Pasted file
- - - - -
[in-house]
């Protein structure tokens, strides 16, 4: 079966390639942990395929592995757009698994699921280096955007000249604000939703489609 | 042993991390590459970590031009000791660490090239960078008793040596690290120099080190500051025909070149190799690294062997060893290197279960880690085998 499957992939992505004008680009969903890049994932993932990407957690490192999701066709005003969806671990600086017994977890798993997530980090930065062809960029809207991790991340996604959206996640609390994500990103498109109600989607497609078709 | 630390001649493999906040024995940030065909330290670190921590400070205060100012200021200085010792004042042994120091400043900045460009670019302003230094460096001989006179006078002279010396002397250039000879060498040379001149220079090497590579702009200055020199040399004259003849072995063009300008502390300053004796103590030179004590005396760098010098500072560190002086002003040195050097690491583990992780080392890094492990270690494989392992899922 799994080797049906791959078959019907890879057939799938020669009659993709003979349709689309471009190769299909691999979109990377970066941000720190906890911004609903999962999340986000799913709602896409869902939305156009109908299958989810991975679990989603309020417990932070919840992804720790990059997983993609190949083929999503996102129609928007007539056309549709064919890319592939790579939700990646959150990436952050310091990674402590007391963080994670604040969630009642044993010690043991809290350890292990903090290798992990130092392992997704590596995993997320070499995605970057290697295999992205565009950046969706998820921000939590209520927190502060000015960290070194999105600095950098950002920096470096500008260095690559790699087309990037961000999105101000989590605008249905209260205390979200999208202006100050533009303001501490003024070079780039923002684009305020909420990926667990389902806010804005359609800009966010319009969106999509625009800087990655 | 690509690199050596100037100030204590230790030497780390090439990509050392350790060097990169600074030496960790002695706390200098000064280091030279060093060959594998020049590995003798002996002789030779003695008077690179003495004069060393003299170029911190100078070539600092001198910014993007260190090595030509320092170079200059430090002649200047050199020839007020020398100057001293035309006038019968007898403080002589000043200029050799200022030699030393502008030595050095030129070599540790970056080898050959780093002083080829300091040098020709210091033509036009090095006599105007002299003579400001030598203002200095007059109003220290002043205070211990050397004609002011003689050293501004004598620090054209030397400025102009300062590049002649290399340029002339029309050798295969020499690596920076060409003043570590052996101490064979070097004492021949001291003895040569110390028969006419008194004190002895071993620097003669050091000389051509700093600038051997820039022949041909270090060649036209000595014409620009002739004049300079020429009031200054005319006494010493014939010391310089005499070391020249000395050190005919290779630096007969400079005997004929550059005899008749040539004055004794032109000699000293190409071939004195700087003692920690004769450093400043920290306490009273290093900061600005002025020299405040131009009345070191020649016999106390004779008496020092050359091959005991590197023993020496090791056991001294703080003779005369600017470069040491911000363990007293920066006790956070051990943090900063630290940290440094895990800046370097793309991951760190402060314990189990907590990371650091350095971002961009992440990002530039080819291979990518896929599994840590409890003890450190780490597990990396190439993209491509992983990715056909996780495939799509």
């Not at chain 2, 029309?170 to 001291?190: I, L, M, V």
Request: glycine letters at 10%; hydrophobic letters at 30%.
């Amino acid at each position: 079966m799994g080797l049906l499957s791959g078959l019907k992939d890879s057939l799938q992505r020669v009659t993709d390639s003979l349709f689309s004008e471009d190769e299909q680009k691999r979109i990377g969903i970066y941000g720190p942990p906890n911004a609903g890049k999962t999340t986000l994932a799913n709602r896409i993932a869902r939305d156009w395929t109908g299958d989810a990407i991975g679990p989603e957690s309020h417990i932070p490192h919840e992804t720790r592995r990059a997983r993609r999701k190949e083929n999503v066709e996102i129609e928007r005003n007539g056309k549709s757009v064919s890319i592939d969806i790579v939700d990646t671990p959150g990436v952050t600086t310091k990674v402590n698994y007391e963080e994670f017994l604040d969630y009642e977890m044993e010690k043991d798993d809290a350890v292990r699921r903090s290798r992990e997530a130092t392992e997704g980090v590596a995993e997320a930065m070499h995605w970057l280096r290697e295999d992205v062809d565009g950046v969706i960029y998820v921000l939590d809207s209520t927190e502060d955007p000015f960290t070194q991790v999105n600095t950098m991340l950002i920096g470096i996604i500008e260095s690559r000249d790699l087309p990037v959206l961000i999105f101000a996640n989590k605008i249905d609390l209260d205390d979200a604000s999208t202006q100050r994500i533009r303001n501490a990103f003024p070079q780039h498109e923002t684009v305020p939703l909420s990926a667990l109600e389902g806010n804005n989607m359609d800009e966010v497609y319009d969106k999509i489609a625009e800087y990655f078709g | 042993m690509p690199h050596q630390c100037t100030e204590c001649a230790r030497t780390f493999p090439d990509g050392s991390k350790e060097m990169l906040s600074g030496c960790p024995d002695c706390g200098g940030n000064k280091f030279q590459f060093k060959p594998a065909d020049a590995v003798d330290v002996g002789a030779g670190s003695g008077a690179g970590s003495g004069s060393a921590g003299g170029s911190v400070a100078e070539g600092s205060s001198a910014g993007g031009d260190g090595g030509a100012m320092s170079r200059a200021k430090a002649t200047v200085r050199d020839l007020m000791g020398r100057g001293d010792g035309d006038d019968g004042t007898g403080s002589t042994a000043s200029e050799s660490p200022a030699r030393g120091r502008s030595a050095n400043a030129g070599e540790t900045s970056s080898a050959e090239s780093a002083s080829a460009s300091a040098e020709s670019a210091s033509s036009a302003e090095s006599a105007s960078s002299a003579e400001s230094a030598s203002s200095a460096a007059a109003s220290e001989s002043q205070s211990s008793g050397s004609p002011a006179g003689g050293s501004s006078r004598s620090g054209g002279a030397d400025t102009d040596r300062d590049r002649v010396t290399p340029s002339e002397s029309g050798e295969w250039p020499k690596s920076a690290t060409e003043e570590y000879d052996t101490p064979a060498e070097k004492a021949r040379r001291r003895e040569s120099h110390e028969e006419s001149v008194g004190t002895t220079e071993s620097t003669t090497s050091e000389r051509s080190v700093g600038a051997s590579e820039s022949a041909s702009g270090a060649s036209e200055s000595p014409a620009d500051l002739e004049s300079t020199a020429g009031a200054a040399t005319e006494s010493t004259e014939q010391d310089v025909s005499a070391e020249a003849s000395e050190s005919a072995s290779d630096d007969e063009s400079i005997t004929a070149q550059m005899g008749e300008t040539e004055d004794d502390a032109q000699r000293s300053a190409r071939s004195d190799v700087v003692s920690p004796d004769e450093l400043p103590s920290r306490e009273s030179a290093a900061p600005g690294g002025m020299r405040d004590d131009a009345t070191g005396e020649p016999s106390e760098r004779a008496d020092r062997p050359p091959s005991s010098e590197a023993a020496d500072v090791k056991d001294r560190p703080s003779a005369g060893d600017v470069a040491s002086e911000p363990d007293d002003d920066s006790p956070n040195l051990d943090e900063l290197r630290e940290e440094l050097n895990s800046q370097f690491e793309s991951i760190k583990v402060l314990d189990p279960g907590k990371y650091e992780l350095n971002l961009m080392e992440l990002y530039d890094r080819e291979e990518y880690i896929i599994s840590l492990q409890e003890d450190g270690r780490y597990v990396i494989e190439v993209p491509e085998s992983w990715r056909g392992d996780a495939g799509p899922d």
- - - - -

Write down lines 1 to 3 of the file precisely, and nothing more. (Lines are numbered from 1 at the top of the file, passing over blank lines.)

[in-house]
């Protein structure tokens, strides 16, 4: 079966390639942990395929592995757009698994699921280096955007000249604000939703489609 | 042993991390590459970590031009000791660490090239960078008793040596690290120099080190500051025909070149190799690294062997060893290197279960880690085998 499957992939992505004008680009969903890049994932993932990407957690490192999701066709005003969806671990600086017994977890798993997530980090930065062809960029809207991790991340996604959206996640609390994500990103498109109600989607497609078709 | 630390001649493999906040024995940030065909330290670190921590400070205060100012200021200085010792004042042994120091400043900045460009670019302003230094460096001989006179006078002279010396002397250039000879060498040379001149220079090497590579702009200055020199040399004259003849072995063009300008502390300053004796103590030179004590005396760098010098500072560190002086002003040195050097690491583990992780080392890094492990270690494989392992899922 799994080797049906791959078959019907890879057939799938020669009659993709003979349709689309471009190769299909691999979109990377970066941000720190906890911004609903999962999340986000799913709602896409869902939305156009109908299958989810991975679990989603309020417990932070919840992804720790990059997983993609190949083929999503996102129609928007007539056309549709064919890319592939790579939700990646959150990436952050310091990674402590007391963080994670604040969630009642044993010690043991809290350890292990903090290798992990130092392992997704590596995993997320070499995605970057290697295999992205565009950046969706998820921000939590209520927190502060000015960290070194999105600095950098950002920096470096500008260095690559790699087309990037961000999105101000989590605008249905209260205390979200999208202006100050533009303001501490003024070079780039923002684009305020909420990926667990389902806010804005359609800009966010319009969106999509625009800087990655 | 690509690199050596100037100030204590230790030497780390090439990509050392350790060097990169600074030496960790002695706390200098000064280091030279060093060959594998020049590995003798002996002789030779003695008077690179003495004069060393003299170029911190100078070539600092001198910014993007260190090595030509320092170079200059430090002649200047050199020839007020020398100057001293035309006038019968007898403080002589000043200029050799200022030699030393502008030595050095030129070599540790970056080898050959780093002083080829300091040098020709210091033509036009090095006599105007002299003579400001030598203002200095007059109003220290002043205070211990050397004609002011003689050293501004004598620090054209030397400025102009300062590049002649290399340029002339029309050798295969020499690596920076060409003043570590052996101490064979070097004492021949001291003895040569110390028969006419008194004190002895071993620097003669050091000389051509700093600038051997820039022949041909270090060649036209000595014409620009002739004049300079020429009031200054005319006494010493014939010391310089005499070391020249000395050190005919290779630096007969400079005997004929550059005899008749040539004055004794032109000699000293190409071939004195700087003692920690004769450093400043920290306490009273290093900061600005002025020299405040131009009345070191020649016999106390004779008496020092050359091959005991590197023993020496090791056991001294703080003779005369600017470069040491911000363990007293920066006790956070051990943090900063630290940290440094895990800046370097793309991951760190402060314990189990907590990371650091350095971002961009992440990002530039080819291979990518896929599994840590409890003890450190780490597990990396190439993209491509992983990715056909996780495939799509």
């Not at chain 2, 029309?170 to 001291?190: I, L, M, V």